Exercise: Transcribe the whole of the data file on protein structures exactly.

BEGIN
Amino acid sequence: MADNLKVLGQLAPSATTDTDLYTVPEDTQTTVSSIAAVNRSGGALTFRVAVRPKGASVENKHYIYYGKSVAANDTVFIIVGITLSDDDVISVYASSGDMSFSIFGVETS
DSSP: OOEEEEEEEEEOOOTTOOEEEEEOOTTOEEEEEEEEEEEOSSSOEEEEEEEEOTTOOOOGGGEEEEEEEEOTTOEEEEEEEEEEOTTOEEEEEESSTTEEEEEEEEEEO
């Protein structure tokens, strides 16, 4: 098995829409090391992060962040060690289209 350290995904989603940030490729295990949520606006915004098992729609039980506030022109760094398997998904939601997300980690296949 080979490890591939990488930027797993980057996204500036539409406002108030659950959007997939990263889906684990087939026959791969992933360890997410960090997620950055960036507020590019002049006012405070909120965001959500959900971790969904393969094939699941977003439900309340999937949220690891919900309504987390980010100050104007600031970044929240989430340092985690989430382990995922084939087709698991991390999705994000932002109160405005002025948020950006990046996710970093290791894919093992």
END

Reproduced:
Amino acid sequence: MADNLKVLGQLAPSATTDTDLYTVPEDTQTTVSSIAAVNRSGGALTFRVAVRPKGASVENKHYIYYGKSVAANDTVFIIVGITLSDDDVISVYASSGDMSFSIFGVETS
DSSP: OOEEEEEEEEEOOOTTOOEEEEEOOTTOEEEEEEEEEEEOSSSOEEEEEEEEOTTOOOOGGGEEEEEEEEOTTOEEEEEEEEEEOTTOEEEEEESSTTEEEEEEEEEEO
């Protein structure tokens, strides 16, 4: 098995829409090391992060962040060690289209 350290995904989603940030490729295990949520606006915004098992729609039980506030022109760094398997998904939601997300980690296949 080979490890591939990488930027797993980057996204500036539409406002108030659950959007997939990263889906684990087939026959791969992933360890997410960090997620950055960036507020590019002049006012405070909120965001959500959900971790969904393969094939699941977003439900309340999937949220690891919900309504987390980010100050104007600031970044929240989430340092985690989430382990995922084939087709698991991390999705994000932002109160405005002025948020950006990046996710970093290791894919093992």